1998 Lincoln... | Answered on Apr 13, 2015


There should be a diagram of the route printed on the fan shroud or somewhere else under the hood of the vehicle.

1998 Lincoln... | Answered on Mar 27, 2015


This issue could be that the oil rings could be gone in either 1 or all of the cylinders... This is caused by either poor servicing, high mileage, poor quality oils, the engine being worked hard or flogged or a poorly designed engine. Whats happening is oil is getting into the cylinders where the spark, air and fuel mix. The oil will be getting ignited with the fuel causing the smoke and the oil to be burnt and used. There is no easy fix for this, The oil rings will need to be replaced. I would not recommend fixing this your self. You can try adding thicker oil but this is not going to do the motor any good in the long run...

1998 Lincoln... | Answered on Mar 27, 2015


Please review the keyless entry instructions. This unit has numerous locking patterns, and perhaps the trunk was programmed to unlock with the door.

1998 Lincoln... | Answered on Mar 17, 2015


Battery drain caused by a short to ground (frame or body) somewhere. Most likely this short is intermittent, which makes the dash lights flicker, similarly the power steering assist. Most likely the trunk switch issue is the "short to ground" . Visually inspect carefully all wiring in near and by the switch, and Air Shock Pump. I like the new very bright Led flashlights for this kind of thing. You may also discover the short by observing the trunk electrical in the dark while the engine is running thus viabration causing the intermittent behavior. You may see flashes from the short (if you are lucky) Otherwise it will take a lot more inspection and checking. Good luck, hope it is the easier to find in the trunk.

1998 Lincoln... | Answered on Mar 12, 2015


Solenoid for starter? Auto parts store, instructions should come with the replacement part.

1998 Lincoln... | Answered on Mar 06, 2015


Have you tried turning the engine manually to see if it is stuck?

1998 Lincoln... | Answered on Feb 26, 2015


Often times the problem is a weak horn relay or a weak horn pad on the steering wheel. You can remove the horn relay or fuse to prevent the horn from blowing until the problem is fixed.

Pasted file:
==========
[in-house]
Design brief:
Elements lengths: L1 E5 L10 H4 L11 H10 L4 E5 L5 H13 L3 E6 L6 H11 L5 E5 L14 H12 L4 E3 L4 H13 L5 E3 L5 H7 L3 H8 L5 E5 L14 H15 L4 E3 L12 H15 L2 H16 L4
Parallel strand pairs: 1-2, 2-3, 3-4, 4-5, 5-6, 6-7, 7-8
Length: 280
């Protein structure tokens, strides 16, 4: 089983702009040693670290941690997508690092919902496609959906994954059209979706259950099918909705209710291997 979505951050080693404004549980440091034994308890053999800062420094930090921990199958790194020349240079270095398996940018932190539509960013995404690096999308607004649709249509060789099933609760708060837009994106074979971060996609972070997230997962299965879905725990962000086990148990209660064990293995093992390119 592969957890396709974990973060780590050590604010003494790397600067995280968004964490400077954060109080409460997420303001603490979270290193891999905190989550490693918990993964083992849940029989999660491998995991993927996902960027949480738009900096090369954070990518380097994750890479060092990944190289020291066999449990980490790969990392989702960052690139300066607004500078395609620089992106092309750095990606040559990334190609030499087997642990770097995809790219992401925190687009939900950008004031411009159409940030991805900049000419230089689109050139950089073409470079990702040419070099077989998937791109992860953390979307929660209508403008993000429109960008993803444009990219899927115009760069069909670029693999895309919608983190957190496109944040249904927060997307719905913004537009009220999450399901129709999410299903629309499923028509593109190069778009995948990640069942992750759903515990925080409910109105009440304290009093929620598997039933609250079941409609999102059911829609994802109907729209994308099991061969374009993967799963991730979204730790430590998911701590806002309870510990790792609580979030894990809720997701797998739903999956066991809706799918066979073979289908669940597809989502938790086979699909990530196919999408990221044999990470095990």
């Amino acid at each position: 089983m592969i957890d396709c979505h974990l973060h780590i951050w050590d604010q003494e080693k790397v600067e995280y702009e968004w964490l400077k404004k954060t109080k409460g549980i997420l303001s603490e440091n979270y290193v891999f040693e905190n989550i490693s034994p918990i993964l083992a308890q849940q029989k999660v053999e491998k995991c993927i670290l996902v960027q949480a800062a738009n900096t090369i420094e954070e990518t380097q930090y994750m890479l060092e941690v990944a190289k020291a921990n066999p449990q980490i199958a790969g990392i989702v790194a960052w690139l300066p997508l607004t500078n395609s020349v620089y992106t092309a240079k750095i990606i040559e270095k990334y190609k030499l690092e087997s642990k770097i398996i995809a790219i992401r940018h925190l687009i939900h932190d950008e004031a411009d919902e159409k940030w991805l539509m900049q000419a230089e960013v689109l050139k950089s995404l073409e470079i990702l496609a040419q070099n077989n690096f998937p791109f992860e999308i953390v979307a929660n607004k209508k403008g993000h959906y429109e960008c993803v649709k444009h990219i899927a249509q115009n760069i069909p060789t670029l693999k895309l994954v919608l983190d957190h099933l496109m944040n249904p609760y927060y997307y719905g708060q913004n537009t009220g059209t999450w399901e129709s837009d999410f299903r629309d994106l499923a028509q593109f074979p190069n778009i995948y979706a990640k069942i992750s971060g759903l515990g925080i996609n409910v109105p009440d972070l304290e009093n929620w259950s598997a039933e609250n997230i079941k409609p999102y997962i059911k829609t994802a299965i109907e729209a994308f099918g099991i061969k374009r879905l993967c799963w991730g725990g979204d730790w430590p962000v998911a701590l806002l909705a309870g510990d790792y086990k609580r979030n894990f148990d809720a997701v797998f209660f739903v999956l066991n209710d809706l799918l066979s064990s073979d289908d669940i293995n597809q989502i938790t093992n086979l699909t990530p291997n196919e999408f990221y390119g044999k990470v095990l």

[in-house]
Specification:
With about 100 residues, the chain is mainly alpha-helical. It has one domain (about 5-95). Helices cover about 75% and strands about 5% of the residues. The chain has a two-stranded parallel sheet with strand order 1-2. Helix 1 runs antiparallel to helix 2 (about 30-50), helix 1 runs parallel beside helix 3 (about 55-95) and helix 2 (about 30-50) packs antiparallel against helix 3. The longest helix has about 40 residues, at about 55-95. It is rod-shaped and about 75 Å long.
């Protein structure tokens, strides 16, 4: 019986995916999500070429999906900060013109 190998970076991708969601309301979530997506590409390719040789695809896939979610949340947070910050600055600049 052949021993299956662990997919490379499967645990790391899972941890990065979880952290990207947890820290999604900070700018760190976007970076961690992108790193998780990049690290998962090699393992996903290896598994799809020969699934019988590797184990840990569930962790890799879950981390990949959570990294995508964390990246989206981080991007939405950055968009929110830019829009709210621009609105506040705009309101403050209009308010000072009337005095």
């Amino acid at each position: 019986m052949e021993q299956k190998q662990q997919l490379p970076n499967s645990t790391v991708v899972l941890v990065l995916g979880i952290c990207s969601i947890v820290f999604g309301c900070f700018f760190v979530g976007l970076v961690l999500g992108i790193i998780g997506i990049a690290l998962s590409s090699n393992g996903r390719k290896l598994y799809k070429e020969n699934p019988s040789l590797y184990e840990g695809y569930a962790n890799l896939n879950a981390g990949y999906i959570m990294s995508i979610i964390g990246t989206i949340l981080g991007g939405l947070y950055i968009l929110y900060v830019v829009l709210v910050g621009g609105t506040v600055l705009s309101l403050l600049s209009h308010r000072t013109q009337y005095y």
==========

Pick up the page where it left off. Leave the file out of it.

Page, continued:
1998 Lincoln... | Answered on Feb 19, 2015


Nothing wrong with the car. It is getting a signal that mimics your remote's "panic" signal. Someone in your area may have an alarm with a remote controlled snooze. If the car was at fault the times would be random

1998 Lincoln... | Answered on Feb 19, 2015


There are some items to check:

1. Check the transmission fluid level to be sure it isn't too low or too high. The vehicle must be parked on a level surface, be warmed up and be running (idling) to check the fluid. The fluid should be dark red and not have a burned smell. If the transmission fluid is milky colored and way too full, it may mean that there is an internal leak in the transmission cooler tank inside the radiator.
2. When was the last time the transmission fluid was changed? Check your owner's manual if you have one and see what the recommended fluid/filter change intervals are.
3. The transmission cooler lines - look for any kinks, damage or leaks. If there are rubber hose segments in the cooler lines, the hoses can sometimes partially collapse internally and not be visible externally. This usually only occurs on vehicles with high mileage.
4. Check the condition of the engine coolant and antifreeze. The anti-freeze and water mixture should test out to provide freeze protection to about 20 below zero. If the solution it too weak, adequate cooling may not be taking place. Old coolant can be contaminated and dirty, and also cause overheating of the transmission.
5. Check to make sure the engine radiator isn't obstructed by debris or dirty and that the radiator fan is working properly. You didn't say anything about engine overheating, so there probably isn't an issue with the engine thermostat or other engine cooling problem

1998 Lincoln... | Answered on Feb 08, 2015


Remove the inner door panel & see what
the issue is

1998 Lincoln... | Answered on Feb 02, 2015